Transforming an Empty Building into a Year-Round Hub for Local Food
The first of two meetings, a community workshop last week brought over 100 attendees from all over the city. After a presentation from PPS on what makes a successful market, attendees worked together in small groups to envision how they want the market to ‘look’ and ‘feel:’ they concentrated on what they want to buy at the market, what activities they want to see, and what partners could be brought in to help implement the activities. Attendees said they want a market that showcases the rich history of Boston and the New England region and that they want the market to feature:
- a variety of local and ethnic food
- agriculture and food-centered educational events
- seasonal activities such as a fall cranberry festival featuring demonstration cranberry bogs and sheep-shearing in the Spring
- the rich history of Boston and the New England Region
- local partners like culinary schools and health groups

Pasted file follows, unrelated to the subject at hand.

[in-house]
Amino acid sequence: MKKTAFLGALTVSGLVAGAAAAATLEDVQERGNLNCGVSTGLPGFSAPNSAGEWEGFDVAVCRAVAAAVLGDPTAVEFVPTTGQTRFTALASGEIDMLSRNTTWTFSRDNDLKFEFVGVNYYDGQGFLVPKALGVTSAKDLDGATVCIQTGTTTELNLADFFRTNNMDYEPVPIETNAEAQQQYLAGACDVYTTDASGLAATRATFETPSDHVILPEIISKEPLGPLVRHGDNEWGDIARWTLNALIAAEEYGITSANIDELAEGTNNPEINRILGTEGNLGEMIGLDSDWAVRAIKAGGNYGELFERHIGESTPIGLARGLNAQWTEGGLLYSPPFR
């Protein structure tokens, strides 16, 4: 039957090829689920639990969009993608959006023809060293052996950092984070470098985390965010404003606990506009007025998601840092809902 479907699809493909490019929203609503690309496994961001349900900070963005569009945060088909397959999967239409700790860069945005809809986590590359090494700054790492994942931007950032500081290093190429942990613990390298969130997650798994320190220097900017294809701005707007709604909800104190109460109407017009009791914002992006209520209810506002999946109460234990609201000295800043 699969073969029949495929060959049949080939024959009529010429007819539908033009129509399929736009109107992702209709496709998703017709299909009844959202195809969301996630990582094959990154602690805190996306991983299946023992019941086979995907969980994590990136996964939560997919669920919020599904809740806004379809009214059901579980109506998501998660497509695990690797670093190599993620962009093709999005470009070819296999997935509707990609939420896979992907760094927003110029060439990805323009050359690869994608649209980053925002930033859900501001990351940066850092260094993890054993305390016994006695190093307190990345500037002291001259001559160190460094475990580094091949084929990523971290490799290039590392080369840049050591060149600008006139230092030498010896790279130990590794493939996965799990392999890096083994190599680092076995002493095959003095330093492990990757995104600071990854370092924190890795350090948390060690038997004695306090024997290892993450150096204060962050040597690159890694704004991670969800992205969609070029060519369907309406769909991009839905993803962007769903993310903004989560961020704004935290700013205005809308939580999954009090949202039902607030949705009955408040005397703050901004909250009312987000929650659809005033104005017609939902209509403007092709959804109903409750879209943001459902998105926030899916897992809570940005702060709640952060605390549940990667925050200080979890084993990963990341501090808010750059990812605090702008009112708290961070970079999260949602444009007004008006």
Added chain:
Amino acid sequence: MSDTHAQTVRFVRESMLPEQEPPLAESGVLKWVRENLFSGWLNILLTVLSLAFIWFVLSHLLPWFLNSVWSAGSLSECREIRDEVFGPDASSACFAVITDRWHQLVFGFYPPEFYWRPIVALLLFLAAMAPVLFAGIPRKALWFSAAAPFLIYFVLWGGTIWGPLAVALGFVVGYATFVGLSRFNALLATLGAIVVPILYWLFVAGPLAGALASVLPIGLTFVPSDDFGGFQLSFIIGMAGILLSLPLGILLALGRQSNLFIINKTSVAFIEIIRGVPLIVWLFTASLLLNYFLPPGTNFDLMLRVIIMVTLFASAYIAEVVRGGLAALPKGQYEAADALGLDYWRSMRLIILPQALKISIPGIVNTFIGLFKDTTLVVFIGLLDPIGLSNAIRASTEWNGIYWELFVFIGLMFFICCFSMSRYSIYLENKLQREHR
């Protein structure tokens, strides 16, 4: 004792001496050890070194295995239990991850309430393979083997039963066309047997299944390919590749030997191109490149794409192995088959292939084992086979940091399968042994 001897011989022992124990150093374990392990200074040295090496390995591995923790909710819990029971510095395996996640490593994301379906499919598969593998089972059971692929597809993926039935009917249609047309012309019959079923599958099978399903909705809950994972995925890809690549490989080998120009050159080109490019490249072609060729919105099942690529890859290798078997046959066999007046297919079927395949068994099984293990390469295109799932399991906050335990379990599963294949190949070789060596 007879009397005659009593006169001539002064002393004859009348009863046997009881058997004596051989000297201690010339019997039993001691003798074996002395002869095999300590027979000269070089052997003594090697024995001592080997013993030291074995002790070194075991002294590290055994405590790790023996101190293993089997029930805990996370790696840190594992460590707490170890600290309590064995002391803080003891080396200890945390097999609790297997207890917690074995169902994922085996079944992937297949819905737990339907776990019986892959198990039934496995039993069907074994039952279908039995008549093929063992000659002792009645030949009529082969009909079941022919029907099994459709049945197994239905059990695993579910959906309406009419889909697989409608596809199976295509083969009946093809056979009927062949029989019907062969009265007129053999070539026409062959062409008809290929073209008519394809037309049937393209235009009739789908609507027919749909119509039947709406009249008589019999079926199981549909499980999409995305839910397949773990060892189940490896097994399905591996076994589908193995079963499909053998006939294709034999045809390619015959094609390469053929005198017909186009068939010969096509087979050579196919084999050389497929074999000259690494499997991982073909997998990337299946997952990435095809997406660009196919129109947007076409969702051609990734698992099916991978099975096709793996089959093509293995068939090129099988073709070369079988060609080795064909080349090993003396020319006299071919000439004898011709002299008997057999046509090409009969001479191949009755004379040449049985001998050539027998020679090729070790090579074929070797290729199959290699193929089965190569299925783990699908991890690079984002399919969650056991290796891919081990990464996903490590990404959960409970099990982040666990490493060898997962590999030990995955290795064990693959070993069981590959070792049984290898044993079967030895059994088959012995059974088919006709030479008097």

A second meeting brought together more than 100 potential vendors, including farmers, fishermen, speciality food business-owners and restaurateurs to learn what makes a successful market business and operational information such as when the market might open, how much it might cost to participate and what types of products might be sold there.
This visit is part of PPS’ work with MassDOT and the MA Department of Agricultural Resources (MDAR) to make this market into a treasured community place and a hub for regional food that could become an important node in New England’s agricultural economy. PPS will take all of the input gathered from these meetings and include them in an implementation guidebook we’re creating for the State.
We are a nonprofit planning, design and educational organization dedicated to helping people create and sustain public spaces that build stronger communities. Our pioneering Placemaking approach helps citizens transform their public spaces into vital places that highlight local assets, spur rejuvenation and serve common needs.
For more information, visit pps.org.